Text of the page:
The popular TorontoLife.com production “TIFF.to,” which covers the annual Toronto International Film Festival, won the Gold for Best Multimedia Feature. FashionMagazine.com’s “At the Shows / Spring 2012” won Silver.

BEST NEW CREATIVE TALENT
Liam Casey won the award for Best New Magazine Writer for his article “Suicide Notes” in the Ryerson Review of Journalism. Said the NMAF judges: “In a rare combination of eloquent personal journalism and meticulous reporting, Liam Casey has confronted a highly charged question that has been dodged for so long – the practice in newsrooms of non-reporting of suicide. With tremendous honesty he has put himself inside the story of the pain of depression and emerged with a strong commentary on journalism. Not many writers have made such an impact with one of their first pieces.”

The award for Best New Visual Creator went to The Coveteur, for its photography layout “Gifts” in Report on Business. Said the NMAF judges: “A tasteful curation of photographs that succeed in magnifying the desirability of objects, The Coveteur’s ‘Gifts’ are a perfect balance of style and composition.  The look and feel engages the viewer effortlessly, which speaks to the impressive talent of this young trio: stylist Stephanie Mark, designer Erin Kleinberg, and photographer Jake Rosenberg. We’ll be seeing lots more of their work in the future.

OUTSTANDING ACHIEVEMENT
Heather Robertson received the Foundation Award for Outstanding Achievement during the presentation of the 35th anniversary National Magazine Awards.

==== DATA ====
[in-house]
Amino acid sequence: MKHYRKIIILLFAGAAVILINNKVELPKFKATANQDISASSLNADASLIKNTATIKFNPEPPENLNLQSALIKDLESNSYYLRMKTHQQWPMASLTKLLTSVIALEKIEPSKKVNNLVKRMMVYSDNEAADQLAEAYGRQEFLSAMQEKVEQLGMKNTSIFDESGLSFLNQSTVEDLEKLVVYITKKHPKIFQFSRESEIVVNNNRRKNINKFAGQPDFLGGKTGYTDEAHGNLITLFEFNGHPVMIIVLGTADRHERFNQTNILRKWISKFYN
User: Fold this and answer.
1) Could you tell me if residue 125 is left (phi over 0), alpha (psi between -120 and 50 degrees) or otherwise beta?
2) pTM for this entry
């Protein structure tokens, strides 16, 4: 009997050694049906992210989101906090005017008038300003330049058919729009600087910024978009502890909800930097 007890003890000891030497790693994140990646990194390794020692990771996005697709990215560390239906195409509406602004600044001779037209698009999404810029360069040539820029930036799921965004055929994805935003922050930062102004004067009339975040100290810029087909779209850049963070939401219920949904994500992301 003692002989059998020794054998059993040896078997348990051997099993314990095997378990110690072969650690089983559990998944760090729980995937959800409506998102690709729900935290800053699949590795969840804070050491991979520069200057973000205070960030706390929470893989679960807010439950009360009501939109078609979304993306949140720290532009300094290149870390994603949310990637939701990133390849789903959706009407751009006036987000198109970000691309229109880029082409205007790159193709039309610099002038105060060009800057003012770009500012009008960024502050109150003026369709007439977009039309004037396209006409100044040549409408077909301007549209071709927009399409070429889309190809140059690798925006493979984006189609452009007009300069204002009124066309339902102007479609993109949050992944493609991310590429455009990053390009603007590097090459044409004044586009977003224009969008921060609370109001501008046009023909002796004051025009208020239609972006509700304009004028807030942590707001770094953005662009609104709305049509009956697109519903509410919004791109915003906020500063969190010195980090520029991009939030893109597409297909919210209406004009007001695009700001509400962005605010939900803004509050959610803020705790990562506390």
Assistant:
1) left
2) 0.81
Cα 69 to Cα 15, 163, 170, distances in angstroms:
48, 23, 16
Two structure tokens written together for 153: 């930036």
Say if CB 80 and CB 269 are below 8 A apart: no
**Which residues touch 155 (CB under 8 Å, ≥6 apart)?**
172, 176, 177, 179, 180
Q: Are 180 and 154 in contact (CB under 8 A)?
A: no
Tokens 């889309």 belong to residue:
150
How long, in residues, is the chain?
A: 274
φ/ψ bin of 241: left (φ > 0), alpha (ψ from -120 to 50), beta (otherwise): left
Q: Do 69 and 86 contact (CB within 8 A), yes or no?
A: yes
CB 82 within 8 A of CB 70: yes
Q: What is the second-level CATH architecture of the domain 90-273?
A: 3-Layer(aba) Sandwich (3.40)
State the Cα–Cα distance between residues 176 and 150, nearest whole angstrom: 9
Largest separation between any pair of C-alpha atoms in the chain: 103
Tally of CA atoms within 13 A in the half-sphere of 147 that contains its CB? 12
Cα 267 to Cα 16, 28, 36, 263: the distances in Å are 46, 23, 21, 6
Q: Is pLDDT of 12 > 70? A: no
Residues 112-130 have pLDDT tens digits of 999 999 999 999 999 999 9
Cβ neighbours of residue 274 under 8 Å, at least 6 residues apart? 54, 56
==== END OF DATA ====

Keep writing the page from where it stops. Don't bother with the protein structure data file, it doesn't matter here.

MAGAZINE OF THE YEAR—PRINT
Winner: Maisonneuve

A broad-minded, insatiable magazine that publishes investigative journalism, long-form essays and breathtaking artwork, Maisonneuve strives to support emerging talent and present the arts and ideas of Quebec to Anglophone Canada. 2011 saw the magazine publish several high-profile investigative pieces and photo essays, and it was rewarded with nine National Magazine Award nominations. Maisonneuve recently celebrated its 10th anniversary, and over the past decade it has won 18 National Magazine Awards, including now two wins (2004 and 2011) for Magazine of the Year.

The other two finalists for Magazine of the Year—Print were Outdoor Canada and Sportsnet.

Visit www.magazine-awards.com to read more about this year’s winners. [List of Winners PDF]

35th anniversary National Magazine Awards are sponsored by:

Tonight: The 35th Anniversary National Magazine Awards

What: The 35th anniversary National Magazine Awards
Where: The Carlu, 444 Yonge Street, 7th Floor, Toronto [MAP]
When: 6pm (Reception); 7:30pm (Awards presentation)

Have a ticket?
If you purchased a ticket and did not request it to be mailed, you can pick up your ticket at the Will-Call tables in front of the elevators at The Carlu. There are separate ticket tables for judges’ tickets.

Need a ticket?